Everyone’s relationship with school is different. Some may be ecstatic to return to school, while others may have a rocky start. Many schools have shifted to online learning instead of the conventional face-to-face environment as a result of COVID-19.

This, in itself, was difficult for some to grasp in terms of communication and comfortability. Now that schools are allowing children back into their buildings, students, teachers, and parents must all begin to adjust to yet another shift in settings. This may cause some anxiety among several people, which is inevitable, but readily manageable.


Reasons Some Might Be Anxious

COVID-19 Anxiety

Due to the overwhelming shift in environments, some children may be more intimidated by school than normal. Going back to school might be difficult or even frightening for kids who have been out of regular in-person settings for months. They may be unsure of what school will be like today and whether or not they will be able to manage it.

They may also be concerned about things like wearing masks, not being vaccinated, adhering to social distancing measures and reuniting with old friends after such a lengthy absence.

Making Friends and Foes

Some kids might have difficulties with their appearance. Whether it’s attributed to hormonal changes, weight gain, or a desire to keep up with the latest trends. Some students may find it difficult to return to school because they do not want others to see them in an ‘undesirable’ state.

Some children may be afraid of confronting bullies or friends with whom they have fallen out with, and so choose to dodge the issue entirely. This is also true for students who are allocated to difficult teachers or put in classes they do not wish to be in.

Work Environment

A lot of people tend to overlook the fact that some children may experience anxiety even when doing the most routine tasks at school. When it comes to learning, some children may have a condition known as ‘selective mutism’, in which they have difficulty speaking in certain situations, such as in the presence of a teacher.

There are also children who refuse to turn in homework or engage in school activities because they believe their work is unsatisfactory. Some believe that perfectionism is a desirable goal, but when kids are too self-critical, it may undermine even their best efforts, such as schoolwork.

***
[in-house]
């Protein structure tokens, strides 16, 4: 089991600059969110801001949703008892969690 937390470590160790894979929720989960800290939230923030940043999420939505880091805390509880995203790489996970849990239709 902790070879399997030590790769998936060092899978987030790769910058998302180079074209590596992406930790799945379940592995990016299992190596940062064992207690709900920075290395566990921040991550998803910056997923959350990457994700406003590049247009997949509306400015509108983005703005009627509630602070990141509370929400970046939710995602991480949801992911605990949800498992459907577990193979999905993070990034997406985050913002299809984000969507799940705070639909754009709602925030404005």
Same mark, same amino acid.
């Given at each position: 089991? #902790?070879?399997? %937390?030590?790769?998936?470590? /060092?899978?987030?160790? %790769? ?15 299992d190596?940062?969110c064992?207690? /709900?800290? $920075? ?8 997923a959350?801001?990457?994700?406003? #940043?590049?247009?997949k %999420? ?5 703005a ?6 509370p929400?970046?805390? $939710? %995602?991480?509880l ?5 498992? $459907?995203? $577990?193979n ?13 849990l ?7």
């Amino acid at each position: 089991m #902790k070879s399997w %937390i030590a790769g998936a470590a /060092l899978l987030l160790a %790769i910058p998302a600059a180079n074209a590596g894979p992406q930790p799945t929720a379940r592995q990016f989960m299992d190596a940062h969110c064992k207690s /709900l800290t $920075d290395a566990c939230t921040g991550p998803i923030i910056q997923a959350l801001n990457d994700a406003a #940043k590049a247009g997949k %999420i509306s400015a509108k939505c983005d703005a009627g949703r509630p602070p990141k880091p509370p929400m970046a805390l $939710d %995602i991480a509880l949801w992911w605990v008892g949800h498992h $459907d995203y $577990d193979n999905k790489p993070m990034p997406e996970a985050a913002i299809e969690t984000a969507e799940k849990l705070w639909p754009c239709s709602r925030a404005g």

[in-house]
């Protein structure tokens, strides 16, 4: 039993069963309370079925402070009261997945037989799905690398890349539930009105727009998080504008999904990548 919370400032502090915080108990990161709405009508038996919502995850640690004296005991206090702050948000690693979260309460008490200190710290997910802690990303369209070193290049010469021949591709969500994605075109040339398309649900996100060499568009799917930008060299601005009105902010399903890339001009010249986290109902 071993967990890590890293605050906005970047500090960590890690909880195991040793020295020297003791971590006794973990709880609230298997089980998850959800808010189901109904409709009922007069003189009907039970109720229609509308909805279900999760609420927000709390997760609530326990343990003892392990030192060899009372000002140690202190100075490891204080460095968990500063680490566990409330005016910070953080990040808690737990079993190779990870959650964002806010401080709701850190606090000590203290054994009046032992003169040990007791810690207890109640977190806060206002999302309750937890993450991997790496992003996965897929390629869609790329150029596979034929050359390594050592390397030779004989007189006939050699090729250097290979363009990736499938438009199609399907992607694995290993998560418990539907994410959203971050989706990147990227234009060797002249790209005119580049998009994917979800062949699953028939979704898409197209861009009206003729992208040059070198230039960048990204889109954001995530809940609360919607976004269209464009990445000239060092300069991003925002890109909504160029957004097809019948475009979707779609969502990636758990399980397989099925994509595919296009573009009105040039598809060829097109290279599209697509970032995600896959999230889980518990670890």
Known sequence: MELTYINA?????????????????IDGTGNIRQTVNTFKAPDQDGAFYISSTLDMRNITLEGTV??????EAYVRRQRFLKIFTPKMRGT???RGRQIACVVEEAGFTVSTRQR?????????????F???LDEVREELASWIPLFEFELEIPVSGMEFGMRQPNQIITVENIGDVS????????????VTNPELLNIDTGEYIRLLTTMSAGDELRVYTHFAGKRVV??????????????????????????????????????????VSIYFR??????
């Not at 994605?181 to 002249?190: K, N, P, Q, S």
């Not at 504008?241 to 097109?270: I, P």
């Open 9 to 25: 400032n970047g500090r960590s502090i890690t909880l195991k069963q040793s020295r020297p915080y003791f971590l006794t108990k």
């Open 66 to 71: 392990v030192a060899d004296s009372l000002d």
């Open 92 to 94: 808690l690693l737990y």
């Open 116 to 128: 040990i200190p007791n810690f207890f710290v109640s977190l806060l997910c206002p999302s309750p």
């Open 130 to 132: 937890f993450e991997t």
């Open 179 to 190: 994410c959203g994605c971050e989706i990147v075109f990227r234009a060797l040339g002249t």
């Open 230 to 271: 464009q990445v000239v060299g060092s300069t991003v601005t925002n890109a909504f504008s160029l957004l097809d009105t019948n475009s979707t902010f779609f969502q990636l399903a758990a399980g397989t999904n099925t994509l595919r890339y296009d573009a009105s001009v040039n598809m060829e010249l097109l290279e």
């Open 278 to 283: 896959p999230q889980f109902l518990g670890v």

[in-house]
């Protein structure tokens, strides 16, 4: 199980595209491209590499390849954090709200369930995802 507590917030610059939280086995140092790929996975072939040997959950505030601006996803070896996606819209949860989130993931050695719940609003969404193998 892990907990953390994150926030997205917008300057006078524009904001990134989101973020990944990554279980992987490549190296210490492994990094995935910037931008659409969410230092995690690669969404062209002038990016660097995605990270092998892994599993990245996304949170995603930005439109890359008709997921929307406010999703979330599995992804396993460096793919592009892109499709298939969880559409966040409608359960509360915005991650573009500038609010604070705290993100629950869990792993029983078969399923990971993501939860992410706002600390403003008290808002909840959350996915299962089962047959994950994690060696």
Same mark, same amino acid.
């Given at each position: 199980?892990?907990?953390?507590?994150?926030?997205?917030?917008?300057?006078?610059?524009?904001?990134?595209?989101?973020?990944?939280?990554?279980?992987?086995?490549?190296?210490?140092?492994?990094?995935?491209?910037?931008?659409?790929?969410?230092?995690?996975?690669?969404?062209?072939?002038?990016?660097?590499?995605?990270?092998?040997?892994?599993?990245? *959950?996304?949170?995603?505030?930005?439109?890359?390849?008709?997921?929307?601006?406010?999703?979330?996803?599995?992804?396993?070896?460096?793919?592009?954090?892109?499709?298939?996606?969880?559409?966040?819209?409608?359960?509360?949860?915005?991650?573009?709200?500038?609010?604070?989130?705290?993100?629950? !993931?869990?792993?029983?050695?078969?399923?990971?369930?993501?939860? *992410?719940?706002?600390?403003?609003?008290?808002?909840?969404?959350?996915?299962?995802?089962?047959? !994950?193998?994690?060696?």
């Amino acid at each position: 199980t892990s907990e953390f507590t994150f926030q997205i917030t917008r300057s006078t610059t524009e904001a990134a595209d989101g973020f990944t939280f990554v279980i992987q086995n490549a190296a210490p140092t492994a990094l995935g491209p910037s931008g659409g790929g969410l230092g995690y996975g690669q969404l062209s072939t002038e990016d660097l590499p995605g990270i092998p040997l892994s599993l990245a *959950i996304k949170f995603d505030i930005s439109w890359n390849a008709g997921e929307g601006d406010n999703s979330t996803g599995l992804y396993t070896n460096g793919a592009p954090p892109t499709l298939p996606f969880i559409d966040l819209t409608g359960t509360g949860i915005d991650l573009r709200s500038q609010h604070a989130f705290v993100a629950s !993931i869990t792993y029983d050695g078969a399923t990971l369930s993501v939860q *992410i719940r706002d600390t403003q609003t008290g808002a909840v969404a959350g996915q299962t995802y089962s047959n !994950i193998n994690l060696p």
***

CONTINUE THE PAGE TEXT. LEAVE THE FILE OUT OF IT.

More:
Noticing a Child’s Anxiety

While anxiety is common among children returning to school after a lengthy stay at home, it is not something that should be downplayed. Here are some signs of anxiety to keep an eye out for:

At home:

  • Appear more clingy than normal
  • Be restless and fidgety
  • Complain of stomach-aches
  • Display changes in eating and sleeping habits
  • Express negative thoughts or worries
  • Get upset or angry more quickly
  • Have bouts of unexplained crying

At school:

  • Inattention in class
  • Disruptive behaviour
  • Trouble answering questions
  • Frequent trips to the nurse
  • Difficulty in certain subjects
  • Not turning in homework
  • Avoiding group work/socialising

How to Ease Their Stress

Regular Habits.

Anxiety will only be exacerbated by fatigue and hunger. Children who are anxious frequently forget to eat (or do not feel hungry) and do not get enough sleep.

You can create a more predictable and healthier lifestyle for your child by offering frequent and nutritious snacks and implementing regular routines, which can involve morning, bedtime and eating habits.

Encourage them to face their fears.

Ask your child about the cause of his or her anxiety. Tell them that having concerns is natural. Set up a regular time and a place to speak before and during the first few weeks of school. Some children want to be in a private place where you can give them your full attention (such as right before bed, or during mealtime).


To alleviate their anxiety, children frequently want confirmation that unfortunate events will not occur. Don’t reassure them by saying things like “Don’t worry!” or “It’ll all be alright!” Instead, encourage your child to come up with creative solutions to his or her problems.

“What could you do if (the worst) happens?”, for example, or “Let’s brainstorm some options for dealing with that problem.” This allows you to teach your child how to respond to (and understand) both actual and imagined stressful circumstances. You’ll also be equipping your child with the necessary skills to deal with any unexpected situations that may arise.

Pay attention to your own behaviour.

It might be stressful for parents to trust their child’s care and duty to teachers. Children pick up on their parents’ confidence and comfort levels, therefore the more confidence and comfort you can exhibit, the more your child will realise there is no reason to be scared.

Be encouraging while remaining firm. For example, when saying goodbye in the morning, remain joyful and say it only once. Allowing your child to miss school when they don’t feel like going in is also not a good idea. Instead, try to explain the reality of the situation in a calm fashion and discuss their concerns with them.